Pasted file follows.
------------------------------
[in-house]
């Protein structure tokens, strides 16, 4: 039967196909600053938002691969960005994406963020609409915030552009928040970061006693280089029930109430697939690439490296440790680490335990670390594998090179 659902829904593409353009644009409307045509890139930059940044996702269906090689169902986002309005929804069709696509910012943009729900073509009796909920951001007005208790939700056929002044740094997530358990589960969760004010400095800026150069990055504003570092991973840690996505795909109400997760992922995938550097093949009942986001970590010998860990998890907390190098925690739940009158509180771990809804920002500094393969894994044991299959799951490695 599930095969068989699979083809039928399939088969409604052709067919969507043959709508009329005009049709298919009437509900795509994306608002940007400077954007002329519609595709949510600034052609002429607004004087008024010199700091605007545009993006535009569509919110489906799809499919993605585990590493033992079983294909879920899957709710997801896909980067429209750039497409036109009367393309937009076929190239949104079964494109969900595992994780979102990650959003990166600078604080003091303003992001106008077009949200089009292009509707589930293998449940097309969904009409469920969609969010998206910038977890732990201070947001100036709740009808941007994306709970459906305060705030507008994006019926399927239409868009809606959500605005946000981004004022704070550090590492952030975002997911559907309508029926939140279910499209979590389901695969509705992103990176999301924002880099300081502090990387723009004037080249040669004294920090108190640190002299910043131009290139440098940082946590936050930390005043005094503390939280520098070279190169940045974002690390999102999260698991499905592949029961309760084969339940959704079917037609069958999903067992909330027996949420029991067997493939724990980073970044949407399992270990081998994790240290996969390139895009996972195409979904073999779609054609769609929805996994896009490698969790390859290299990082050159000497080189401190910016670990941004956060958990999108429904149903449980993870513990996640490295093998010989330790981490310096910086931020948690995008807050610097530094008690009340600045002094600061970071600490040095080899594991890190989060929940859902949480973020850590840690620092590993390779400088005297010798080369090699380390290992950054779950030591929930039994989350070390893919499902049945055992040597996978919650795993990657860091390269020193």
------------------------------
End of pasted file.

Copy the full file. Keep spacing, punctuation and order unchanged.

[in-house]
């Protein structure tokens, strides 16, 4: 039967196909600053938002691969960005994406963020609409915030552009928040970061006693280089029930109430697939690439490296440790680490335990670390594998090179 659902829904593409353009644009409307045509890139930059940044996702269906090689169902986002309005929804069709696509910012943009729900073509009796909920951001007005208790939700056929002044740094997530358990589960969760004010400095800026150069990055504003570092991973840690996505795909109400997760992922995938550097093949009942986001970590010998860990998890907390190098925690739940009158509180771990809804920002500094393969894994044991299959799951490695 599930095969068989699979083809039928399939088969409604052709067919969507043959709508009329005009049709298919009437509900795509994306608002940007400077954007002329519609595709949510600034052609002429607004004087008024010199700091605007545009993006535009569509919110489906799809499919993605585990590493033992079983294909879920899957709710997801896909980067429209750039497409036109009367393309937009076929190239949104079964494109969900595992994780979102990650959003990166600078604080003091303003992001106008077009949200089009292009509707589930293998449940097309969904009409469920969609969010998206910038977890732990201070947001100036709740009808941007994306709970459906305060705030507008994006019926399927239409868009809606959500605005946000981004004022704070550090590492952030975002997911559907309508029926939140279910499209979590389901695969509705992103990176999301924002880099300081502090990387723009004037080249040669004294920090108190640190002299910043131009290139440098940082946590936050930390005043005094503390939280520098070279190169940045974002690390999102999260698991499905592949029961309760084969339940959704079917037609069958999903067992909330027996949420029991067997493939724990980073970044949407399992270990081998994790240290996969390139895009996972195409979904073999779609054609769609929805996994896009490698969790390859290299990082050159000497080189401190910016670990941004956060958990999108429904149903449980993870513990996640490295093998010989330790981490310096910086931020948690995008807050610097530094008690009340600045002094600061970071600490040095080899594991890190989060929940859902949480973020850590840690620092590993390779400088005297010798080369090699380390290992950054779950030591929930039994989350070390893919499902049945055992040597996978919650795993990657860091390269020193």